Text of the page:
Hosting World Down Syndrome Congress: practical assistance


I posted a couple of weeks ago about the World Down Syndrome Congress happening in Dublin between August 20th and 22nd. I’ve been mulling it over in my mind since then, and I want to help. I’d like people’s opinions as to my first-draft plan.

The basic idea is that through the wonderful medium of blogging, I set up a site where people can offer a room to people who are visiting for the duration of the conference. I’m in very early discussion with the Congress organisers, and the rudimentary plan is that we compile a list of people who can and will, and marry it with a list of those who need. The blog would only be a harvesting site, so to speak, and not ultimately fix visitors up with hosts. Privacy absolute etc etc.

Anyway, I haven’t organised anything like this before, and I’d be keen for input from my trusted blogger friends. In due course I’ll probably come a’ begging for you all to outreach the proposal on your own blogs too. Obviously the locals are the ones most likely to spread the word to possible donors, but you far-flung folks aren’t exactly uninvolved. You might end up shacking up with us!

Thoughts please…


Goodnight, Irene, goodnight.

I’m tired. I’m working a lot, and when I’m not I’m thinking about it. So I thought I’d pull a lazy one tonight and just post somebody else’s content. Patricia E Bauer always has plenty of news, thought I, and she won’t miss it if I pinch some. And thus I got introduced to Irene.

I shouldn’t moan about tiredness.

When her daughter was born with Down syndrome in 1942, doctors told Irene to institutionalize her because she was hopelessly handicapped and probably wouldn’t live more than a few years.

Mrs. Henry disregarded their advice, and instead took her daughter home and helped to start a school for children with intellectual disabilities.

Putting mentally handicapped children in an institution, rather than having them grow up at home, was a common practice when Mrs. Henry gave birth to her daughter, Judith, but she was having none of it, her son Albert said.

“She’s my daughter, and I’ll take care of her,” she told the doctor, according to her son.

Daughter Judith Martin lived with her parents until 1991, when she died at age 50. Mrs. Henry’s husband died the same year.

On the second to last day of 2008, Irene C. Henry died in Chicago aged 91.

I do not thank the people who came before me nearly enough. They didn’t enjoy anything like the same level of acceptance or support that we as parents and grandparents do, and going up against the Wisdom of the Day was a lot tougher for Irene. But that determination gave Judith a full life with her parents for fifty years.

I owe you, Irene. Sleep peacefully with them.

What disability would that be?

I caught this via my friend Peajay at Mórán cainte ar bheagán cúise. This is for everyone with a handicap, disability, shortcoming, failing, lack, limitation, drawback, weakness, flaw, defect or imperfection. (Apologies God if I left you out.)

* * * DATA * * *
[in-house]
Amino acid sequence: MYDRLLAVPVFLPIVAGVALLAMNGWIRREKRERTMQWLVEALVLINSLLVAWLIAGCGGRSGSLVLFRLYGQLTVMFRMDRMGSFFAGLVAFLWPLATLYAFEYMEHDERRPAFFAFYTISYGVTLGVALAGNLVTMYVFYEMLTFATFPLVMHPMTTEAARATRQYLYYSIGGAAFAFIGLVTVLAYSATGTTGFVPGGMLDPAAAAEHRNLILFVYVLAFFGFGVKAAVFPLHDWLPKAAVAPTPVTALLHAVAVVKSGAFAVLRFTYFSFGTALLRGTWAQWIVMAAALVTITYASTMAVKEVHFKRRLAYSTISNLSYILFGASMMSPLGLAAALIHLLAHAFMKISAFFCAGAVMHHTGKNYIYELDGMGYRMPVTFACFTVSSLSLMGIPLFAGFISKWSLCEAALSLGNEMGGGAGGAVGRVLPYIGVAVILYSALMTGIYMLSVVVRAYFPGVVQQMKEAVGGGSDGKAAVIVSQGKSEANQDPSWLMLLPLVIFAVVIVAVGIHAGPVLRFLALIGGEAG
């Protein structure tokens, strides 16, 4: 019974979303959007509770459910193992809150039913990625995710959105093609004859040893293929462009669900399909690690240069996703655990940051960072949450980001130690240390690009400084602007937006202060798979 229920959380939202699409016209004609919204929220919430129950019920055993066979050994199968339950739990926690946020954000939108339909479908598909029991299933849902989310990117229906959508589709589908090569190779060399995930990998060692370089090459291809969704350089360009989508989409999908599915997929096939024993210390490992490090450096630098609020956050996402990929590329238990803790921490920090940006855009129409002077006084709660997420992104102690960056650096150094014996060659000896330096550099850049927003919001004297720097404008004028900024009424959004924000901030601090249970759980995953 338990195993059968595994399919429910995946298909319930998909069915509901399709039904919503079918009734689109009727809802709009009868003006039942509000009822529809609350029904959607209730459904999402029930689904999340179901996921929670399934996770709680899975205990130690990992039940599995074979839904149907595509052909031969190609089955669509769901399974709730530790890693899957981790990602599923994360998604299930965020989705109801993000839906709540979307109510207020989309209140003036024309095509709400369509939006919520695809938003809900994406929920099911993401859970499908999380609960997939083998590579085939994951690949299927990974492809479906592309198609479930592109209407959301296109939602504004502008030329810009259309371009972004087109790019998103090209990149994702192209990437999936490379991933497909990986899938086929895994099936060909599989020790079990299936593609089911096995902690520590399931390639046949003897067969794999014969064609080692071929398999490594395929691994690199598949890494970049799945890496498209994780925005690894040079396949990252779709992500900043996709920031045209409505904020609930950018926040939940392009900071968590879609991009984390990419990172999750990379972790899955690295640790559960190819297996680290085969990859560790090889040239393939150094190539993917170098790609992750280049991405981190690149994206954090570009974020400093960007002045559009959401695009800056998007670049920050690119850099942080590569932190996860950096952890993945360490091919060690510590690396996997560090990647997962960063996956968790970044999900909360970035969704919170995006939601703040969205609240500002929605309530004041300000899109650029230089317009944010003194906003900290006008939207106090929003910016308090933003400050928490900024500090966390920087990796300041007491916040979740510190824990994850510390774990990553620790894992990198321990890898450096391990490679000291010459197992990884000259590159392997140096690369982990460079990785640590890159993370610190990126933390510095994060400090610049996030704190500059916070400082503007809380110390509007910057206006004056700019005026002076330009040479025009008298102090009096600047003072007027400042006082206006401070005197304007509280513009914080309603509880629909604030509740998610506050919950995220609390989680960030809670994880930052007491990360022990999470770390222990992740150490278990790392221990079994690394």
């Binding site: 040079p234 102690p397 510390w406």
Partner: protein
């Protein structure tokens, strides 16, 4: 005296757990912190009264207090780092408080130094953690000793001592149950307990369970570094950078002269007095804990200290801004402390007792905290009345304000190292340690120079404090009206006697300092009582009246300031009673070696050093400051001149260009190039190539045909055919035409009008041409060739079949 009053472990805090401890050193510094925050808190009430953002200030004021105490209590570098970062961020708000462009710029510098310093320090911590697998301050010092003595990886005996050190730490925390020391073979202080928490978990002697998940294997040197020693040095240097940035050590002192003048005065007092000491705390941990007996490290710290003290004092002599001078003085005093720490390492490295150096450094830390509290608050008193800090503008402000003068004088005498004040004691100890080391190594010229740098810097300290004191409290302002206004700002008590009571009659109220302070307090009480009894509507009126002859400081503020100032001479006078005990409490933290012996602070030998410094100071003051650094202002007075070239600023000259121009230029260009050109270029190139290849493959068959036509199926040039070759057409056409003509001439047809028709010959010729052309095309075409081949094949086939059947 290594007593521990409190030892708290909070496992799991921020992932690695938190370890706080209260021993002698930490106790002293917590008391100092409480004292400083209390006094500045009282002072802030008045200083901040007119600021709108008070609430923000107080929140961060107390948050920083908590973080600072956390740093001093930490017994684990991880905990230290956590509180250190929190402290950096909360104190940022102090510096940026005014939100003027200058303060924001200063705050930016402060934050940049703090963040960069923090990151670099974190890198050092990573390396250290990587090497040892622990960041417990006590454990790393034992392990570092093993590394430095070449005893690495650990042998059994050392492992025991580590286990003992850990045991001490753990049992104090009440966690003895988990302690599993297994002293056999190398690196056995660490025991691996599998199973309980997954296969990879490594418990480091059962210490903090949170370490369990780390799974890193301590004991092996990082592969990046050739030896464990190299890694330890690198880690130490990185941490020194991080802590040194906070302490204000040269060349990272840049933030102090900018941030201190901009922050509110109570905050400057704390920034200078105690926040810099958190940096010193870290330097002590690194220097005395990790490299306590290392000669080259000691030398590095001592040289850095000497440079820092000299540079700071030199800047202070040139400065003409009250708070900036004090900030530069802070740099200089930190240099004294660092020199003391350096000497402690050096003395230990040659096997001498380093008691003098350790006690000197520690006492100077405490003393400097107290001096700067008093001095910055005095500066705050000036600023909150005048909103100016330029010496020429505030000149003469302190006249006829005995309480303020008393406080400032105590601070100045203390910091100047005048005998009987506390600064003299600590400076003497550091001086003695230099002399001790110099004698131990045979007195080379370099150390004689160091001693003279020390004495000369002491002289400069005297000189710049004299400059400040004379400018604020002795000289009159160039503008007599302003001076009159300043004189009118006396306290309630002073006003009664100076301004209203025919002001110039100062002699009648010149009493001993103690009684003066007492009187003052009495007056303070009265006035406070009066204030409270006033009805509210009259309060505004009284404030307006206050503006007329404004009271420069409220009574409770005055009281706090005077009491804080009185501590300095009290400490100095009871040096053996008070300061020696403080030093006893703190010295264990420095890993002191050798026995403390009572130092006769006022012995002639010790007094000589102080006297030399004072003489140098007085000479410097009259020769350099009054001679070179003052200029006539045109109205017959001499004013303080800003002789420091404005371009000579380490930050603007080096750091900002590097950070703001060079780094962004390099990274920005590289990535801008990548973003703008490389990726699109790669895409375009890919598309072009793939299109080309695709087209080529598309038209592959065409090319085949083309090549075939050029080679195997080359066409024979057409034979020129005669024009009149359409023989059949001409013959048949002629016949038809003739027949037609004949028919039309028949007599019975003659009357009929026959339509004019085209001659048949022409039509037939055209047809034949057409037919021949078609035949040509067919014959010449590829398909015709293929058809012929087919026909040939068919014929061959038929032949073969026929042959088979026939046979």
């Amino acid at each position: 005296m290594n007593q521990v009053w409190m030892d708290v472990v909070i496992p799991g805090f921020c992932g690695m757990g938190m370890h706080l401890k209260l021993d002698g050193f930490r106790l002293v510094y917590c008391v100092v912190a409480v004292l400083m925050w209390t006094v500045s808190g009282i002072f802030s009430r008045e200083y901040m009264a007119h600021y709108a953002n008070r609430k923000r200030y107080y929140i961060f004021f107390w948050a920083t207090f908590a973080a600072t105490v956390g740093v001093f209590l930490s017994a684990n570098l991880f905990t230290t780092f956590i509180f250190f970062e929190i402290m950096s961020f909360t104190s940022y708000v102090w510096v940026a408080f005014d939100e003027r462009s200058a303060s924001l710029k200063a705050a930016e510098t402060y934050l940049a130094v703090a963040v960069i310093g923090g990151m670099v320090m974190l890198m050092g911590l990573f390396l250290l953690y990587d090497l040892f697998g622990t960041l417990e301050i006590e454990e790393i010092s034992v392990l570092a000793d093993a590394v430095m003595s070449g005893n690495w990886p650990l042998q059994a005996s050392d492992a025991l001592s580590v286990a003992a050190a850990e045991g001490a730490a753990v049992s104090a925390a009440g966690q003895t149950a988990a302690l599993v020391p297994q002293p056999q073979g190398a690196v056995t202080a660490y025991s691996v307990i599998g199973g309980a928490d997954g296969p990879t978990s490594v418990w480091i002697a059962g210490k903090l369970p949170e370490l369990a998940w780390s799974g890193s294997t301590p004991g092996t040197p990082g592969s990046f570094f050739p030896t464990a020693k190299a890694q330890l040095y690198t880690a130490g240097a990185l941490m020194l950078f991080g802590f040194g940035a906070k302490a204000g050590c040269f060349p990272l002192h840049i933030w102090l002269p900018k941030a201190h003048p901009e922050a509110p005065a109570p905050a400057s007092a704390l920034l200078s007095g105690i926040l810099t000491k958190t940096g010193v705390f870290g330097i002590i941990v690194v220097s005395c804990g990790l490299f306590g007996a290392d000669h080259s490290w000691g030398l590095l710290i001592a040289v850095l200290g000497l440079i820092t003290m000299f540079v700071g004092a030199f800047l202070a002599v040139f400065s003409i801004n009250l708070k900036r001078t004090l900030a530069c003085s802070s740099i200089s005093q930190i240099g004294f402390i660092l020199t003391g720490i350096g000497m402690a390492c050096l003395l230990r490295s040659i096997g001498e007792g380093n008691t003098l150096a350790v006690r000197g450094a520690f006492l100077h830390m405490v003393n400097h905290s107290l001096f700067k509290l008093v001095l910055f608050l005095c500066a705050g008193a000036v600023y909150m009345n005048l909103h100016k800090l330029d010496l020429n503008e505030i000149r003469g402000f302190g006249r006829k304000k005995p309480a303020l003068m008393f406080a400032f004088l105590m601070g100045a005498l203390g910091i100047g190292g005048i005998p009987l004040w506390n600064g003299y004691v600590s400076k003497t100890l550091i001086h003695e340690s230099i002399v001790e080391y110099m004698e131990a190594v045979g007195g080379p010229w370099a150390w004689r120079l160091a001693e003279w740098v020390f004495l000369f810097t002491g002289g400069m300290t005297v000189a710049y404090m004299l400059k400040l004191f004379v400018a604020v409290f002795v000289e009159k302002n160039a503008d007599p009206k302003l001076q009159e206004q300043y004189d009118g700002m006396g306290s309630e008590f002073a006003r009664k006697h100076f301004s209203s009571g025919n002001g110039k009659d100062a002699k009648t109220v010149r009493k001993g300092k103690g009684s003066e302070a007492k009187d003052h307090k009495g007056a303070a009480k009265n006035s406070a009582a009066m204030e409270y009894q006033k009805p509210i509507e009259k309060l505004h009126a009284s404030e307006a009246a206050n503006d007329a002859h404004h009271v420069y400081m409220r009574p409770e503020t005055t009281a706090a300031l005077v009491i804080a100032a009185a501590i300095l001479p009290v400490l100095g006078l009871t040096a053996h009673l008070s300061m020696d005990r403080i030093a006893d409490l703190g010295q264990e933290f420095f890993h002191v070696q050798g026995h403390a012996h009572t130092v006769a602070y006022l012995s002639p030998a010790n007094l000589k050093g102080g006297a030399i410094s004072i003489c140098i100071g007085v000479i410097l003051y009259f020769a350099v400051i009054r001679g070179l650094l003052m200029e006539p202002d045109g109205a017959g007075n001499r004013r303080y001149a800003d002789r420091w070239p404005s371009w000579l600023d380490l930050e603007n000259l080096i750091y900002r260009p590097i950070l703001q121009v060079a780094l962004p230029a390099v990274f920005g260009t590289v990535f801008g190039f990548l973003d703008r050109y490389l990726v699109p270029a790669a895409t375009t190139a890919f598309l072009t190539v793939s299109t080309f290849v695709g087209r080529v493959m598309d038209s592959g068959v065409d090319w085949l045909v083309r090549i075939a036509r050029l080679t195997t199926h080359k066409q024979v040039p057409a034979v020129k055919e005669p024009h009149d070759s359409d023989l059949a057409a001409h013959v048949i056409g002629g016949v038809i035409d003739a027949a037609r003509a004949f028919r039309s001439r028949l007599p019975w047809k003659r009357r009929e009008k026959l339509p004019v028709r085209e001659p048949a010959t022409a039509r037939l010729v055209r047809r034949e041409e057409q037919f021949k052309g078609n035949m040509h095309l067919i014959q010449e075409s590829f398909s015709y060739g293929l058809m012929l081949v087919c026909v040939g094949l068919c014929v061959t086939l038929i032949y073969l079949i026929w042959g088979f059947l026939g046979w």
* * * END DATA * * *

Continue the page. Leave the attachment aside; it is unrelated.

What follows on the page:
If you can’t see it try this link

It’s only eight months away!

(But first a reminder about Grandparents Day for DS!)

wdsc2009wI dunno about you, but I’m a little bit excited by the thoughts of Ireland hosting the World Down Syndrome Congress in August. If you look at the website it’s clear that a lot of people have already been doing a huge amount of work to make it a very big deal. For instance, as a sidebar to the main even, which takes place between Aug 20 and 22, the Down Syndrome Medical Interest Group (Sounds like a trendy barber’s, D-Smig. Not sure they’re here for a trim though.) will be meeting on Wednesday the 19th to think big thoughts about getting important medical information out into the world. These are top healthcare professionals from around the world. You have to be a little bit in awe of commitment like that.

And that’s not the tenth of it. Take these guys: the Research Directions Group will be working

to identify and prioritise the research directions that promise to deliver practical benefits for the development and quality of life of people with Down syndrome and their families in the near to medium term (5-10 years) and identify current best practice in development, education and healthcare. It is multidisciplinary and comprehensive, including genetics, development, cognition, education, behaviour and medicine and is open to researchers, practitioners and families.

Come on! This is basically a think tank. The closest I’ve ever come to a think tank is a bloody oil tank. This is big stuff, and it’s all happening in the Royal Hospital in Kilmainham right here in Dublin. There are lots of ways to become involved, as volunteers and more, and wouldn’t it get you right into the heart of the action?

I’ll be coming back to this topic for certain, but I just thought it would be a good idea, if you’re at all interested, to just start to think about starting to think about making plans.

Here’s a contact link. You can join the mailing list and get regular updates. Laters y’all.